Medical Aesthetics & Wellness

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What rosacea looks like?

Tiny blood vessels, which many call spider veins, can develop. Some people see small red bumps. Usually appearing in crops, some of the red bumps may contain pus. Dermatologists call the pus-filled bumps “pustules”. If the bumps do not contain pus, they are called “papules”. These pustules and papules resemble acne, so people often refer o rosacea as “adult acne”. Unlike acne, blackheads do not develop. Rosacea also can cause the affected skin to swell. In more advanced cases, a condition called rhinophyma may develop. Caused by enlarged oil glands in the skin, rhinophyma makes the nose larger and the cheeks puffy. Thick bumps may develop on the lower half of the nose and nearby cheeks. Most people do not develop rhinophyma; those who do tend o be men.

Treatment

 To effectively manage rosacea, combination of treatments tailored to the individual patient is recommended. This approach can stop rosacea from progressing and sometimes reverses rosacea.

Many rosacea treatments are applied directly to the affected skin. Creams, lotions, foams, washes, gels and pads that contain topical antibiotic, azelaic acid, metronidazole, sulfacetamide, retinoids, or benzyl peroxide may be prescribed. Faster results may be seen with oral antibiotics.

Tips for Rosacea Patients:


  • Avoid certain foods and drinks. Spicy foods, hot drinks, caffeine, and alcoholic beverages are common rosacea triggers.
  • Practice good sun protection. Sun exposure seems to be the most common trigger. Seek shade when possible. Limit exposure to sulight, wear protective clothing, and use nonirritating broad-spectrum (offers protection from UVA and UVB rays) sunscreen with SPF of 30 or higher. Reapply sunscreen every 2 hours.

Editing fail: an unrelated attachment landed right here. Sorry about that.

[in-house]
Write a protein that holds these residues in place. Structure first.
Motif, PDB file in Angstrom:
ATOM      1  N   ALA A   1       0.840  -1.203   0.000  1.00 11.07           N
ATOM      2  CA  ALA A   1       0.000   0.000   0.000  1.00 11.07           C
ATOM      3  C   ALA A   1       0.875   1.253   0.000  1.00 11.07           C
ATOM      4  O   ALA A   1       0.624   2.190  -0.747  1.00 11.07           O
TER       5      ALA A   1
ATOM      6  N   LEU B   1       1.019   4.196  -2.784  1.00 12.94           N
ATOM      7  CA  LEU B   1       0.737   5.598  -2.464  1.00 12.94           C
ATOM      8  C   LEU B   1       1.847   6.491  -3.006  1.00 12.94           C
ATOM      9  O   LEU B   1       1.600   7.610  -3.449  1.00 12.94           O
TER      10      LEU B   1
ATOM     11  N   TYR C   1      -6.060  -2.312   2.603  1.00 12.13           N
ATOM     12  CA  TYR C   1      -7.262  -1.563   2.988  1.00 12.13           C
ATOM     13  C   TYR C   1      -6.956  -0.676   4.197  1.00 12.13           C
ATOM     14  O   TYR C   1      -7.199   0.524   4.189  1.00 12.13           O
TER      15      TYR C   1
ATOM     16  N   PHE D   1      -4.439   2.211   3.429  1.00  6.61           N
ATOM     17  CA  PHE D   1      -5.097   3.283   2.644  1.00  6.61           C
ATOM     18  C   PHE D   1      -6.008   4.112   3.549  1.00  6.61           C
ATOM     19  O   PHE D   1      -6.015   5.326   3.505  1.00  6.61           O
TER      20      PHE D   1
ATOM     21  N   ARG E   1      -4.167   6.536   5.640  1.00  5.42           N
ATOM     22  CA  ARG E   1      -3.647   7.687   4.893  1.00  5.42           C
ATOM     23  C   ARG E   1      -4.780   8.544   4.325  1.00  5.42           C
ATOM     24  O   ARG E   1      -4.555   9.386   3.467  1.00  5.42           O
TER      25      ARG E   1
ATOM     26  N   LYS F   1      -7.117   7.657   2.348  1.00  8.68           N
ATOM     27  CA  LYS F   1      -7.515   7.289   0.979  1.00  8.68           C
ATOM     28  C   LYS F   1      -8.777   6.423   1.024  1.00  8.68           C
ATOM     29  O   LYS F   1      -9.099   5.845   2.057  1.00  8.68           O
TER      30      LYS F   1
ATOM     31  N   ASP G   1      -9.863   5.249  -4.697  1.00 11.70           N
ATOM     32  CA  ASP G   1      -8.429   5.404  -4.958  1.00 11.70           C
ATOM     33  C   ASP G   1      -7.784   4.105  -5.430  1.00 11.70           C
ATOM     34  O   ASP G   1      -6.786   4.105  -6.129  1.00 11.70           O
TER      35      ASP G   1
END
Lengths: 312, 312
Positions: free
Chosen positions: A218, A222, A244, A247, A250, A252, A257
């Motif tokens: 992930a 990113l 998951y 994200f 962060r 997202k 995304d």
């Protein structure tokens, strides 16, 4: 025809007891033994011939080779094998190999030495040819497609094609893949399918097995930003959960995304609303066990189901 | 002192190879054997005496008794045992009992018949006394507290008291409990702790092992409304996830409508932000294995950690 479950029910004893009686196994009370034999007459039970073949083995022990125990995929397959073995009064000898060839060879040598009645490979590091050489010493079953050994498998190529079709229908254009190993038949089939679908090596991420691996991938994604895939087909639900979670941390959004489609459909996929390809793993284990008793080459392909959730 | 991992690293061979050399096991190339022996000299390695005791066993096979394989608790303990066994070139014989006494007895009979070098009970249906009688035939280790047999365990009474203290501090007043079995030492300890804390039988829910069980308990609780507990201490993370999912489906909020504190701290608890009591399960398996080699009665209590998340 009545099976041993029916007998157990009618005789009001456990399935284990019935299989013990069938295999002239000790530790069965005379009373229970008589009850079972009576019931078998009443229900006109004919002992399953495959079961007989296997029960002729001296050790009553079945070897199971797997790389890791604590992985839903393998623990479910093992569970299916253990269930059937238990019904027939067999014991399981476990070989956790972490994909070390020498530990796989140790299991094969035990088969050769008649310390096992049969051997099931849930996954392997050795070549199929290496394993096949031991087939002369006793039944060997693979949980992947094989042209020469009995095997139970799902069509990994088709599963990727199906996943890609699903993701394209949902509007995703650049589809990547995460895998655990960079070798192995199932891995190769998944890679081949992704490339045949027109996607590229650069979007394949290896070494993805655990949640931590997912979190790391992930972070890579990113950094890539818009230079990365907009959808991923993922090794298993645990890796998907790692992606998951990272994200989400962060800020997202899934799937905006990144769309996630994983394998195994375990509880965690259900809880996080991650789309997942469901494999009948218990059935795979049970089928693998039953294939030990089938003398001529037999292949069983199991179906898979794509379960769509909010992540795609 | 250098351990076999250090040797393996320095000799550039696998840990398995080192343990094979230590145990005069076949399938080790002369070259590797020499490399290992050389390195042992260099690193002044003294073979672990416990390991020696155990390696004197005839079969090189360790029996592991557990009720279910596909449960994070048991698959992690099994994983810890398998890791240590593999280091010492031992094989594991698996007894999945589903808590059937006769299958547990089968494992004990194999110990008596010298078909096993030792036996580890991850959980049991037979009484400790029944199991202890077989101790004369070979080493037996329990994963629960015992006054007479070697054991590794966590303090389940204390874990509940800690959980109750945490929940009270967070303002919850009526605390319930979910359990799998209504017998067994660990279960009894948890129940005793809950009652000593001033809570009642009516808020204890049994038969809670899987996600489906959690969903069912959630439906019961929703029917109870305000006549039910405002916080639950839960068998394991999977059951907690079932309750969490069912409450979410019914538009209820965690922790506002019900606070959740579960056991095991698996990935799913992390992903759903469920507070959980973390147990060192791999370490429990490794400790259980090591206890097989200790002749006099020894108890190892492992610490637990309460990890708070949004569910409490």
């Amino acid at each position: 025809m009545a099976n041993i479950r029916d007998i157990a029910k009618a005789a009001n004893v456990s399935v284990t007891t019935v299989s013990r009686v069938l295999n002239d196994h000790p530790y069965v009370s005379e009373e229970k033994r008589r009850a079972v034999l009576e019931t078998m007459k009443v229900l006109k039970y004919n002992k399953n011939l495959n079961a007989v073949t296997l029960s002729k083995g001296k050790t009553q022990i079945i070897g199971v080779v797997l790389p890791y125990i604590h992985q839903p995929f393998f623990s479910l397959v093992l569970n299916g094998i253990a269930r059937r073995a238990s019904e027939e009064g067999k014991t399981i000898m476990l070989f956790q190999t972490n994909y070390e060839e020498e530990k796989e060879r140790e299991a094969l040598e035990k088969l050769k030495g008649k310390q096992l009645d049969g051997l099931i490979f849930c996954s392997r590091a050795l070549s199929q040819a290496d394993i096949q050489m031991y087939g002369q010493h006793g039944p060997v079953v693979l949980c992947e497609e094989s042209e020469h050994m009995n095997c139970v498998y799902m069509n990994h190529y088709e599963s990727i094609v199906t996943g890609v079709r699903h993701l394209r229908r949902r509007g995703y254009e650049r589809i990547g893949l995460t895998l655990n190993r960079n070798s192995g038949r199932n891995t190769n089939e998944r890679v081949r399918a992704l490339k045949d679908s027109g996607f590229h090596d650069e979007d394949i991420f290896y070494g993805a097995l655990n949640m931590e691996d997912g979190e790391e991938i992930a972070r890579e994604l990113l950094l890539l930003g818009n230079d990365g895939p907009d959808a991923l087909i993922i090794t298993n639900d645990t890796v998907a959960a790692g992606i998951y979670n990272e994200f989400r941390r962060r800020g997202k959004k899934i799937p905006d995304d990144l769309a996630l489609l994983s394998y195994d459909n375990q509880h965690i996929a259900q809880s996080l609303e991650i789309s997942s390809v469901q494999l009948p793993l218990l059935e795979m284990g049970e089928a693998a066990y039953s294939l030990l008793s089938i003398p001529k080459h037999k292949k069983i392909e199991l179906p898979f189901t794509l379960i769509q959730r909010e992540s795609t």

• Protect your skin from extreme hot and cold temperatures. These can exacerbate rosacea. Exercise in a cool environment. Do not overheat. Protect your face from cold and wind with a nonirritating scarf or ski mask.
  • Avoid rubbing, scrubbing, or massaging the face.
  • Keep your skin care routine simple. Fever products better.
  • Avoid cosmetics and skin care products that contain alcohol or other irritating substances. Use hair sprays properly, avoiding contact with facial skin.
  • Note flushing episodes. While the above are common triggers, what causes rosacea to flare in one person may not trigger it in another. By writing down what foods, products, activities, medications, and other things cause your rosacea to flare, you will learn your triggers

 

Rosacea can be treated with the following procedures:



Rosacea

Is a common skin disease that frequently begins as a tendency to flush or blush easily. As rosacea progresses, people often develop persistent redness in the center of the face. This redness may gradually spread beyond the nose and cheeks to the forehead and chin. Even the ears, chest, and back can be affected.

ROSACEA